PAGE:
blueollie

Trump: the end of the modern GOP? Maybe not…

One thing I love about Donald Trump: he sure generates a ton of political discussion.

For one, to the uninformed, he comes across as being informed:

Think of it this way. Say you’re one of those people who is totally ignorant when it comes to cars, and your car is non-functional. I came over looking like the quintessential stereotype of a mechanic from TV – blue coveralls, grease stains, a name across my breast pocket, and wrench in hand. After fiddling with your car for a few minutes – and since you have not one clue about anything car-related, my various taps and fiddles will easily fool you into thinking I know what I’m doing so long as I’m a half-decent actor and I stay in character. I tell you that your car will never run again unless you replace your Pancake Manifold and fill the gas tank with Bensonol. If I’ve succeeded in exploiting your ignorance by portraying myself as a tough, efficient, brilliant mechanic, there’s no reason to doubt me…as long as you don’t know a sparkplug from a muffler.

That’s how Trump’s popularity works. The more he talks, the less anyone with half a brain is willing to support him. But to people for whom the ideas of politics are totally meaningless anyway, every sentence makes them love him more. His ideologically nonsensical ideas aren’t a bug. They’re his best feature.

And yes, his ideas really do not make sense, as Paul Krugman points out.

Truly, Donald Trump knows nothing. He is more ignorant about policy than you can possibly imagine, even when you take into account the fact that he is more ignorant than you can possibly imagine. But his ignorance isn’t as unique as it may seem: In many ways, he’s just doing a clumsy job of channeling nonsense widely popular in his party, and to some extent in the chattering classes more generally.

Last week the presumptive Republican presidential nominee — hard to believe, but there it is — finally revealed his plan to make America great again. Basically, it involves running the country like a failing casino: he could, he asserted, “make a deal” with creditors that would reduce the debt burden if his outlandish promises of economic growth don’t work out.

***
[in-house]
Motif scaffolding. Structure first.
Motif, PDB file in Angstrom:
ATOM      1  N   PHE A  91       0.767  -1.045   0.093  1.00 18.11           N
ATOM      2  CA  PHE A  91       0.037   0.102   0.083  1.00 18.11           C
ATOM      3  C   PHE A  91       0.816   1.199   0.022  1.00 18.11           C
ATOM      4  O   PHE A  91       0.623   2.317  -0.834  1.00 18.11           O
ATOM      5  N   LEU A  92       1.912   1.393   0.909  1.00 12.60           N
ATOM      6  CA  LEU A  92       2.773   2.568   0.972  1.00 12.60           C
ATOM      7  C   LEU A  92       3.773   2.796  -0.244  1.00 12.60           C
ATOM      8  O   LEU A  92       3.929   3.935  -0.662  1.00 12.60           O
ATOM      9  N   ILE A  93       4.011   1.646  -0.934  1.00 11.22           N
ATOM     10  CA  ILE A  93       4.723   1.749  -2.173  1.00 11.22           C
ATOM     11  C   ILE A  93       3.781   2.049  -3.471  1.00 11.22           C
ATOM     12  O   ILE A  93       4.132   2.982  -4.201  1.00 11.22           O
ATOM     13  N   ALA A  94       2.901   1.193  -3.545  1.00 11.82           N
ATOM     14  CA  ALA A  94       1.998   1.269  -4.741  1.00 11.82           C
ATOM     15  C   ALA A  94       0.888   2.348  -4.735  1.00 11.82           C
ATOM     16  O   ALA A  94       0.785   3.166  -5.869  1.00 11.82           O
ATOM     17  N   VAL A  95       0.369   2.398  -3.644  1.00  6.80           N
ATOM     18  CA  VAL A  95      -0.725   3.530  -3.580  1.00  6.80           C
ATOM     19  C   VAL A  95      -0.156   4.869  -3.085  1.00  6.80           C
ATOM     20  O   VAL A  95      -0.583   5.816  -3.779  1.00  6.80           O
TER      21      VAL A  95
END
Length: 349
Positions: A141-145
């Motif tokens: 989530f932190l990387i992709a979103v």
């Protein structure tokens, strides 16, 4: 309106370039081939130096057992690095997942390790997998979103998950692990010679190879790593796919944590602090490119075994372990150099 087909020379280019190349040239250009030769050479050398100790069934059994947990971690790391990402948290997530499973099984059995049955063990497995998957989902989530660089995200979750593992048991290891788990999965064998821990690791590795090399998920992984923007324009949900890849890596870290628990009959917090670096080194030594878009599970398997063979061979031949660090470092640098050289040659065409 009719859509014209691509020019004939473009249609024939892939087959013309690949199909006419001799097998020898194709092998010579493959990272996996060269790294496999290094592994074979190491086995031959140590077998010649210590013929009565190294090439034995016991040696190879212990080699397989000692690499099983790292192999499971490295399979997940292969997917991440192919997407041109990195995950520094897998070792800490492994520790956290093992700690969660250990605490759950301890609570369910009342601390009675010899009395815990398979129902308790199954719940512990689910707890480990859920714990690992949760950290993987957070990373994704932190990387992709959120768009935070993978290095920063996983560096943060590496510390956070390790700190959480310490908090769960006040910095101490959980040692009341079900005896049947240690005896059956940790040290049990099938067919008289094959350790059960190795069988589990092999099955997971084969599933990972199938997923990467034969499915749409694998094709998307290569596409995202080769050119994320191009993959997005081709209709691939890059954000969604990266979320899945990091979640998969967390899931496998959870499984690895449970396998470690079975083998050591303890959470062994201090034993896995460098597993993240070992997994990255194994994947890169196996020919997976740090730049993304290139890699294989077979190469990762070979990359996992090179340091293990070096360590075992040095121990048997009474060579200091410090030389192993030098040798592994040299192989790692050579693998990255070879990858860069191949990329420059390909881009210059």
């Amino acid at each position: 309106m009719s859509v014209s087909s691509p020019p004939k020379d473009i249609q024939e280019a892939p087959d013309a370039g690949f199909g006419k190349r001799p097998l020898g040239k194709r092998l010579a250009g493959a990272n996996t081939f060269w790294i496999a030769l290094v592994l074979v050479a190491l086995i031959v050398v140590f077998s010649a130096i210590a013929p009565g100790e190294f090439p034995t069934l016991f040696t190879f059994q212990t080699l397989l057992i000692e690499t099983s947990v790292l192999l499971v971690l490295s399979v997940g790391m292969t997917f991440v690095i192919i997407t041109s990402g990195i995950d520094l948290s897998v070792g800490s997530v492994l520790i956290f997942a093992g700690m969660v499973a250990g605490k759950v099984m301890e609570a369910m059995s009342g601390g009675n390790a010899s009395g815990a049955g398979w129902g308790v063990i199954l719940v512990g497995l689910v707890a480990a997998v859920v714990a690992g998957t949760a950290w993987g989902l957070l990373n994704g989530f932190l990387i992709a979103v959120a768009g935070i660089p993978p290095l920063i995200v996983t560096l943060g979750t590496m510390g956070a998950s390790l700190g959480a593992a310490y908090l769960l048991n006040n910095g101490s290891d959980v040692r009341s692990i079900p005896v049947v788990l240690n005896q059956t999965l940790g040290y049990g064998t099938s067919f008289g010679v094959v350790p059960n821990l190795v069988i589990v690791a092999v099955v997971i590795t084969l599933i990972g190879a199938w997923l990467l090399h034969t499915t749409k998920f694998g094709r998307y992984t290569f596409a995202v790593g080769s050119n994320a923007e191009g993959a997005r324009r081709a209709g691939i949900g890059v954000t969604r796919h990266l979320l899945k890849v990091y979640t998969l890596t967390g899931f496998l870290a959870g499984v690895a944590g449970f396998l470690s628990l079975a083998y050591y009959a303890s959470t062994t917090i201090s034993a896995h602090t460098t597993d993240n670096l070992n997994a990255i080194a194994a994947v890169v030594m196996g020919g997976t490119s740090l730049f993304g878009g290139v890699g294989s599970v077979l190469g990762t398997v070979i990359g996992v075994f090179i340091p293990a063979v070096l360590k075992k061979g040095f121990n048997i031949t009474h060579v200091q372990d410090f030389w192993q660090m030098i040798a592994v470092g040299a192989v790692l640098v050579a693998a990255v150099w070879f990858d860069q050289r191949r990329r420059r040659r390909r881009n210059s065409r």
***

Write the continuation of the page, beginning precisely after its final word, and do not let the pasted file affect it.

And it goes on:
The reaction from everyone who knows anything about finance or economics was a mix of amazed horror and horrified amazement. One does not casually suggest throwing away America’s carefully cultivated reputation as the world’s most scrupulous debtor — a reputation that dates all the way back to Alexander Hamilton.

The Trump solution would, among other things, deprive the world economy of its most crucial safe asset, U.S. debt, at a time when safe assets are already in short supply.

Of course, we can be sure that Mr. Trump knows none of this, and nobody in his entourage is likely to tell him. But before we simply ridicule him — or, actually, at the same time that we’re ridiculing him — let’s ask where his bad ideas really come from.

Krugman goes on to point out that Mr. Trump is really channeling some of the other nonsense that comes from “more serious” Republicans, but doing so in a less polished way.

Some conservatives are furious. David Brooks decries the decline of competence and the decline of the very idea that compromise is a requirement for responsible governing.

Charles Krauthammer decries the idea that the head of the GOP ticket doesn’t feel bound by the usual trickle down ideas that the GOP establishment loves.

As to that, it is helpful to remember that “more tax cuts for the wealthiest” and cutting back on Social Security and Medicare were always unpopular ideas, even among the rank and file Republicans. Well, Mr. Trump doesn’t need money from the elites.

Nevertheless, there doesn’t appear to be any sort of GOP “crack-up” downticket, though a Trump loss in the general would be a setback.

So, how will the general election go? Obviously, no one knows, but remember that the “data journalism nerds” missed Trump’s rise due to ignoring the data because what the data predicted didn’t meet their “plausibility test”. Well, now the data is speaking:

How will the news media handle the battle between Hillary Clinton and Donald Trump? I suspect I know the answer — and it’s going to be deeply frustrating. But maybe, just maybe, flagging some common journalistic sins in advance can limit the damage. So let’s talk about what can and probably will go wrong in coverage — but doesn’t have to.

First, and least harmful, will be the urge to make the election seem closer than it is, if only because a close race makes a better story. You can already see this tendency in suggestions that the startling outcome of the fight for the Republican nomination somehow means that polls and other conventional indicators of electoral strength are meaningless.

The truth, however, is that polls have been pretty good indicators all along. Pundits who dismissed the chances of a Trump nomination did so despite, not because of, the polls, which have been showing a large Trump lead for more than eight months.

Oh, and let’s not make too much of any one poll. When many polls are taken, there are bound to be a few outliers, both because of random sampling error and the biases that can creep into survey design. If the average of recent polls shows a strong lead for one candidate — as it does right now for Mrs. Clinton — any individual poll that disagrees with that average should be taken with large helpings of salt.

Hillary Clinton has a good lead in the general election and candidates in her position usually win. Of course, there is a ton of time between now and the actual election.

May 9, 2016 - Posted by | political/social, politics, politics/social, republicans | ,

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